Since Moldova has primarily been ruled by pro-communists since 1991, it has defied the introduction of neo-liberal mechanisms that characterizes most Western states. At the same time, funding of welfare services is painfully insufficient. It therefore offers an interesting research environment for studies in social work, and the logic along which welfare services are provided – which brings us to the present moment, where this research is about to begin.

I’m looking forward to sharing findings along the way. I also welcome feedback and questions.

Glenn Möllergren, master student of social work at MaU

Om MFS / About MFS

In English below

MFS  (Minor Field Studies) är ett SIDA-finansierat stipendium på 27 000 kr för studenter som vill samla material till sin uppsats eller examensarbete  på kandidat- eller masternivå. Ett MFS ska genomföras i ett giltigt land under minst 8 sammanhängande veckor och kan utföras enskilt eller i par.

En MFS-ansökningsomgång för de som vill göra sin fältstudie under HT22 eller VT23 är öppen. Ansökningsdeadline är 11 april. Läs mer om hur du ansöker här.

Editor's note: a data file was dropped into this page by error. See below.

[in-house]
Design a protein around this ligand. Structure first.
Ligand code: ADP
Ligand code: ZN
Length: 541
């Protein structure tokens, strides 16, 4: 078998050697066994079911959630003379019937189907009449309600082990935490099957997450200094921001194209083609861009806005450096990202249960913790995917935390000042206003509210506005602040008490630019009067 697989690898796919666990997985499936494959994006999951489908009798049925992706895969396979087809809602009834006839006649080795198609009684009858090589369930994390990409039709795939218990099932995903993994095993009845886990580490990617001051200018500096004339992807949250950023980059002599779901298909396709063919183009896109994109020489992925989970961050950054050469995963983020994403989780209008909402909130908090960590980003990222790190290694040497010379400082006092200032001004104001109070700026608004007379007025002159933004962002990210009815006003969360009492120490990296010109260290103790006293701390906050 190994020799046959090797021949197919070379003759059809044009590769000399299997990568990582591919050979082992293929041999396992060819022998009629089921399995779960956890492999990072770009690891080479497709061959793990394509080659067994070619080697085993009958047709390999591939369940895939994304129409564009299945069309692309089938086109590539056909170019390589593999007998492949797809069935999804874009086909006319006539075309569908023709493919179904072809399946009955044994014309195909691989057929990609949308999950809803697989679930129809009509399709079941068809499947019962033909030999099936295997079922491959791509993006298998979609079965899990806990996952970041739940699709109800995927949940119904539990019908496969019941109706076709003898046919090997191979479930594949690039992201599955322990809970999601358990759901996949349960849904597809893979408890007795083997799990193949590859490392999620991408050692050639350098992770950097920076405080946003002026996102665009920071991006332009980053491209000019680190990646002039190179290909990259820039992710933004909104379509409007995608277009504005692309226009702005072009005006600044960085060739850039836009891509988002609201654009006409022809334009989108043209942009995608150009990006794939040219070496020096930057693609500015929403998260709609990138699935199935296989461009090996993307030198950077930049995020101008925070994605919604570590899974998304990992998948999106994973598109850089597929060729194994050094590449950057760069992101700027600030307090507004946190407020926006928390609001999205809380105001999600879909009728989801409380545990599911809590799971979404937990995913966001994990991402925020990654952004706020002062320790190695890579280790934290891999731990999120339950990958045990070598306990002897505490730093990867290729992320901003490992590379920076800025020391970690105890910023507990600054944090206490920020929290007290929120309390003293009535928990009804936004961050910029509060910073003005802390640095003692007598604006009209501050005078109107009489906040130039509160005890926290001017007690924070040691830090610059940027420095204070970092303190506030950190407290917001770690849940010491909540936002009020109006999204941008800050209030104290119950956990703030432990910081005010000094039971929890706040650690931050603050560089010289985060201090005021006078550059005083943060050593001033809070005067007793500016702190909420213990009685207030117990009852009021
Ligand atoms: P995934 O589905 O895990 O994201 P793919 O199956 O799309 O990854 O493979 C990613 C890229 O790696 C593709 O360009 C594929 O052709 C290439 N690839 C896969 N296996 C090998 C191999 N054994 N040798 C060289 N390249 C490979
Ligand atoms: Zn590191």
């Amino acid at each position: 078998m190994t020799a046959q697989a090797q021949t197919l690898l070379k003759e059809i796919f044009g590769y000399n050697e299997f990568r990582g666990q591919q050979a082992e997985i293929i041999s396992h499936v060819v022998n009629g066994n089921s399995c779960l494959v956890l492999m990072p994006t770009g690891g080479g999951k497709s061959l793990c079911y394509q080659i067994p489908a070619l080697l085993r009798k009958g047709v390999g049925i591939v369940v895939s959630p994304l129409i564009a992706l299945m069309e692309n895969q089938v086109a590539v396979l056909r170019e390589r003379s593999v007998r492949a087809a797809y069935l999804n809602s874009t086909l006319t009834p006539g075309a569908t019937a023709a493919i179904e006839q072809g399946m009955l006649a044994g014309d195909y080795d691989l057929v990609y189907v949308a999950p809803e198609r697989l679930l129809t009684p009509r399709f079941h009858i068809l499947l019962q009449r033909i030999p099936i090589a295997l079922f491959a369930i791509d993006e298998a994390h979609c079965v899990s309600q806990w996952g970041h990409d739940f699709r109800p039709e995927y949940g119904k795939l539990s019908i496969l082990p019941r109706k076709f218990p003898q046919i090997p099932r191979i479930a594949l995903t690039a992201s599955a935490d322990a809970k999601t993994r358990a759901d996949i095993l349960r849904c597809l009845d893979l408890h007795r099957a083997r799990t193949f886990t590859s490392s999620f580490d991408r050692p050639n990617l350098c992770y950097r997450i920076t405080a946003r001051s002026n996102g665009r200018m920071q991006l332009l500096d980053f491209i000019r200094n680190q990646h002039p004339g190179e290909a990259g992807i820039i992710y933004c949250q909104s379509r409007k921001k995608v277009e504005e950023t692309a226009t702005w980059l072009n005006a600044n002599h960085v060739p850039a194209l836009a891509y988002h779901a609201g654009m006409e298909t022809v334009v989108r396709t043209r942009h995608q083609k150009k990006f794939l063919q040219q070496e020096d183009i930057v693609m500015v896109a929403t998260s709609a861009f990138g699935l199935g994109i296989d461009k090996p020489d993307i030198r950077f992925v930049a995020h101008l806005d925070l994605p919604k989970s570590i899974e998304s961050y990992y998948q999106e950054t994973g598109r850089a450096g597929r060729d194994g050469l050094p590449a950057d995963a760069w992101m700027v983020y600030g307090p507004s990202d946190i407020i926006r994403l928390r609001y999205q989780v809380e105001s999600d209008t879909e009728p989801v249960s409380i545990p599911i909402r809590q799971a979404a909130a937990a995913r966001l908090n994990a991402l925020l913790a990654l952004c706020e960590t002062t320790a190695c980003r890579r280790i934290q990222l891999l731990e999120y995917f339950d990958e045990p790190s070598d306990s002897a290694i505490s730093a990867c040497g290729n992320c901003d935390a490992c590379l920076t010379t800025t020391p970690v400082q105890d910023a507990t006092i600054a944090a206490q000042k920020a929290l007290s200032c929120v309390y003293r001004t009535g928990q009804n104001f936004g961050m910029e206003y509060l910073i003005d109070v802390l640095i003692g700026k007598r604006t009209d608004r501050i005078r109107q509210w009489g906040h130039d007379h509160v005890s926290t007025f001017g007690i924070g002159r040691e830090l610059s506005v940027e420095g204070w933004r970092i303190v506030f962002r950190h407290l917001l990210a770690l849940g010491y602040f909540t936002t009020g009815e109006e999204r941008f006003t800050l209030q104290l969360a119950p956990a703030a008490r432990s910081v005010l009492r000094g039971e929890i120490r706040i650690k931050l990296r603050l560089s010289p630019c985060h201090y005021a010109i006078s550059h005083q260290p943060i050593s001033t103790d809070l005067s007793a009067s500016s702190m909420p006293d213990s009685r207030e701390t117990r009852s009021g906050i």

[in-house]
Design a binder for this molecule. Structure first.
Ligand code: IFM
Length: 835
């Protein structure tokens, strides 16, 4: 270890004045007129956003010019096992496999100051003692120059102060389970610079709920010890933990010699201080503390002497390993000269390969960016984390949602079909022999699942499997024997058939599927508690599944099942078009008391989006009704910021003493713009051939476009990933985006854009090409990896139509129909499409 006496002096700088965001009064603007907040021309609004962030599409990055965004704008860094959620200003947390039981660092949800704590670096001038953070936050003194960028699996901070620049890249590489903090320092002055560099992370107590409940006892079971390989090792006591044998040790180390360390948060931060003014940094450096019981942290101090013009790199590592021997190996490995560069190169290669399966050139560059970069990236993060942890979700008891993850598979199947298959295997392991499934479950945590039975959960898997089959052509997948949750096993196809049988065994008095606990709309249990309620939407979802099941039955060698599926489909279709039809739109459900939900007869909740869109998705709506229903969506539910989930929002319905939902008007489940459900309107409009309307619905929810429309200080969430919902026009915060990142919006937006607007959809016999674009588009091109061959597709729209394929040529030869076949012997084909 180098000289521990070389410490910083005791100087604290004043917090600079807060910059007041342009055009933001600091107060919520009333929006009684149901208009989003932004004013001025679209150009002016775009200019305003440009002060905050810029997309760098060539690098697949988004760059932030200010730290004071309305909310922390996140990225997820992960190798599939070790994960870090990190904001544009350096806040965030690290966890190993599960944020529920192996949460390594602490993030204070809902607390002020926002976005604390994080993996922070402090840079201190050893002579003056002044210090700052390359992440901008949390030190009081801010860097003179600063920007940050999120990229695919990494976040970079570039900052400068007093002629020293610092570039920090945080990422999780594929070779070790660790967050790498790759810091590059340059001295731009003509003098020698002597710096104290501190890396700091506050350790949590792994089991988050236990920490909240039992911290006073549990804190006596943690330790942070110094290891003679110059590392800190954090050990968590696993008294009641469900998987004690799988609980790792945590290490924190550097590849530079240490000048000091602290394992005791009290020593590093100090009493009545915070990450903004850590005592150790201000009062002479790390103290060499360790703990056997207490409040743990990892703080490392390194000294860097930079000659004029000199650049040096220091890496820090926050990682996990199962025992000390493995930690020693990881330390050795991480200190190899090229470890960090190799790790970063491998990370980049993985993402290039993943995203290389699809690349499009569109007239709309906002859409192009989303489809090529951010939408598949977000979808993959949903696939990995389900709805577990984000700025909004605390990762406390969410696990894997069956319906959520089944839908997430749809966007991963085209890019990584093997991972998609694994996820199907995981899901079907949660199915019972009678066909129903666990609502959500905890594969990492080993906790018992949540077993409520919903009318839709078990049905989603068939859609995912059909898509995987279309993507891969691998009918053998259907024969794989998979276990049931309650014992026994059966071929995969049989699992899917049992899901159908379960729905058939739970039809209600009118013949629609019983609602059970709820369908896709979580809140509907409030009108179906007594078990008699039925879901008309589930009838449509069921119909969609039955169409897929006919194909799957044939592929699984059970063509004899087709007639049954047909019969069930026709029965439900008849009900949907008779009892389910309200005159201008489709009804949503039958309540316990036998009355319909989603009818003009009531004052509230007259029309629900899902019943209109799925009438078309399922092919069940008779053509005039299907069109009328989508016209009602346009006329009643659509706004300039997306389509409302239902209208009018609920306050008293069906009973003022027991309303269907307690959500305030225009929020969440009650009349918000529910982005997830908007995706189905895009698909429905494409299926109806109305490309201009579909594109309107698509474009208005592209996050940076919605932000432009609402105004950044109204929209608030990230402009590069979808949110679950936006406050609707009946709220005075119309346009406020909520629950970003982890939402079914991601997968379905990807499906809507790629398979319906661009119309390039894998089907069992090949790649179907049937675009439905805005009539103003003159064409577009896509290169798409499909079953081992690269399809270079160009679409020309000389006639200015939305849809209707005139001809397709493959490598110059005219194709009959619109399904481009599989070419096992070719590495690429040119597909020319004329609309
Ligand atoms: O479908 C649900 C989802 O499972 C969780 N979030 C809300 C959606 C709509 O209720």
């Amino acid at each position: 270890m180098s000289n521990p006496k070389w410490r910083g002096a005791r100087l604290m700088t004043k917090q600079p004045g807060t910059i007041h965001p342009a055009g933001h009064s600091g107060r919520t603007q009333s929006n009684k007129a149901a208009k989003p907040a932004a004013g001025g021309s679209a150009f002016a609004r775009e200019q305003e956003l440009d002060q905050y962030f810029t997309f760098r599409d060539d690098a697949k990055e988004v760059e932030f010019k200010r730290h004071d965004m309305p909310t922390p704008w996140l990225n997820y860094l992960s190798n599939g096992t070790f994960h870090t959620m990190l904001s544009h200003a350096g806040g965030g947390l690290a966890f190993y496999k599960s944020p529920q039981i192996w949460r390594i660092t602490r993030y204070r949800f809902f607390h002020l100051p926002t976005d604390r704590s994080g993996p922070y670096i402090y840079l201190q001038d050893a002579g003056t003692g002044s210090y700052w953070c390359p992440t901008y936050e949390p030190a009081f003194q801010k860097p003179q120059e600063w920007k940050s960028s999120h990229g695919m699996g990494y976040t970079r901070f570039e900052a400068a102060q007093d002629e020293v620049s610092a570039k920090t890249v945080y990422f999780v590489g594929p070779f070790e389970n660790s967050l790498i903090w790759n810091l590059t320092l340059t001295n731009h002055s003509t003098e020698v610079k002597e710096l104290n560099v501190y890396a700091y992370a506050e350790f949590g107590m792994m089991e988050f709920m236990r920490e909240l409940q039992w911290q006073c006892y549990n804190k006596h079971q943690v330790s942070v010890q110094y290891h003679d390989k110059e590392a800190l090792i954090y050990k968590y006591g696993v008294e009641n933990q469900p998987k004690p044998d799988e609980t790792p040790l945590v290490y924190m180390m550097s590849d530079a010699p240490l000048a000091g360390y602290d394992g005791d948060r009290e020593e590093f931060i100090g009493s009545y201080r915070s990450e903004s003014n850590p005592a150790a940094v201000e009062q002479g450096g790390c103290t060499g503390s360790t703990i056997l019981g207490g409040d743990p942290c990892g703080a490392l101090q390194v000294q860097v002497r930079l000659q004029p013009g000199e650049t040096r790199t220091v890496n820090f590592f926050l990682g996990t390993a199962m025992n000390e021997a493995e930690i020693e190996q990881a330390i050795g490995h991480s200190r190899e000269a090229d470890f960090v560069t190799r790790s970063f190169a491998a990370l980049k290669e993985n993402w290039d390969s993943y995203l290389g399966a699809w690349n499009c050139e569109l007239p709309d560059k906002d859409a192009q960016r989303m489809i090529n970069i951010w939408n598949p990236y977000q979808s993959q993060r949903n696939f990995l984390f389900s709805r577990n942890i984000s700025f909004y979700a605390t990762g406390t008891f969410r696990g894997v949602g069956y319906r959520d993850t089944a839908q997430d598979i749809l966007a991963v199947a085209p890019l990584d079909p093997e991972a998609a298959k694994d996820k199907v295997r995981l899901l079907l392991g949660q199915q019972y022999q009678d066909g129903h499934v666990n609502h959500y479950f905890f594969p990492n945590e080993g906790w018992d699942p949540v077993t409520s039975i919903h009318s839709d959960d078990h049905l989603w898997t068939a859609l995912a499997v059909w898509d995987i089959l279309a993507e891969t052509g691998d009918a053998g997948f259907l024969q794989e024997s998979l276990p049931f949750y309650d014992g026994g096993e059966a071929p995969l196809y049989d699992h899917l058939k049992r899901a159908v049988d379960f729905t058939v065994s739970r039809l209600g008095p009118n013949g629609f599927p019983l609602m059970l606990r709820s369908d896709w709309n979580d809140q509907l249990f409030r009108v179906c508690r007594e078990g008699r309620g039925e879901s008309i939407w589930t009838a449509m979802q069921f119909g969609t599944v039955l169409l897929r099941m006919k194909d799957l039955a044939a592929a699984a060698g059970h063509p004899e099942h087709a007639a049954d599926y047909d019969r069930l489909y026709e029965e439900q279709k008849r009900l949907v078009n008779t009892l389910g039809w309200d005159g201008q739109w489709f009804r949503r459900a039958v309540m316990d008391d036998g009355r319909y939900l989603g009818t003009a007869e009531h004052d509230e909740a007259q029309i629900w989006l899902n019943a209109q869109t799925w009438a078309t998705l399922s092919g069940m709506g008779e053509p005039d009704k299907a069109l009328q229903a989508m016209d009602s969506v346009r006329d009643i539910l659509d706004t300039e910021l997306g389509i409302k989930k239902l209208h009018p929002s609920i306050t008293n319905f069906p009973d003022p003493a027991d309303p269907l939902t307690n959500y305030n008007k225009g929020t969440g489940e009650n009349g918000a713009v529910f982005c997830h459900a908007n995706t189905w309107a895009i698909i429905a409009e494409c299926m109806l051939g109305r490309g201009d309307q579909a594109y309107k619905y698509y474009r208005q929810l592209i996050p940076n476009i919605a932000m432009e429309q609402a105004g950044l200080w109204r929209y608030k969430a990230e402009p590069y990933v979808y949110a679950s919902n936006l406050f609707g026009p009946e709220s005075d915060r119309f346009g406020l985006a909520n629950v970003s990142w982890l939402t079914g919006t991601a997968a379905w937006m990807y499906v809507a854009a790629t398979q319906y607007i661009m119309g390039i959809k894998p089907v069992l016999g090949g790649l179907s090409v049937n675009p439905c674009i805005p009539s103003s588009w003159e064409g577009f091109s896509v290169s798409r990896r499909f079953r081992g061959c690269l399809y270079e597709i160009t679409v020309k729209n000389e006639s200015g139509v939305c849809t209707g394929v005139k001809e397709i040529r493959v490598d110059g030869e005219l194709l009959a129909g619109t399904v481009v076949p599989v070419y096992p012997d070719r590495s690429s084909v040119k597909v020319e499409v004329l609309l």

About MFS

Minor Field Studies is a scholarship of 27 000 SEK financed by Sida, for students that want to collect data to their bachelor or master thesis. An MFS shall be conducted in an approved country during minimum eight continuous weeks.

An MFS application round for those that want to do a field study during autumn 2022 or spring 2023 is now open. Application deadline is 11 April. More information about how to apply is available here.

Madaraka Day, Ramadan, Serengeti wildlife and other everyday life in Kenya

Hi everyone. I’m on my second last week here in Western Kenya in Wagwe. The days for me are mostly calm and easy. However, I have during this time of two weeks experienced: a music festival in a high school (a singing and dancing competition from various schools); Madaraka Day (Kenya’s 56th year of self-rule); and Ramadan.

This picture I took during Ramadan

It was a big celebration in Narok Country during Madaraka Day, located in the South-West Kenya, the land of the Maasai. Every year Kenya celebrates the day from a different county with music and dance, speeches and other events. This time, because it took place in Narok county, people had the chance to enter the Serengeti wildlife reserve for free.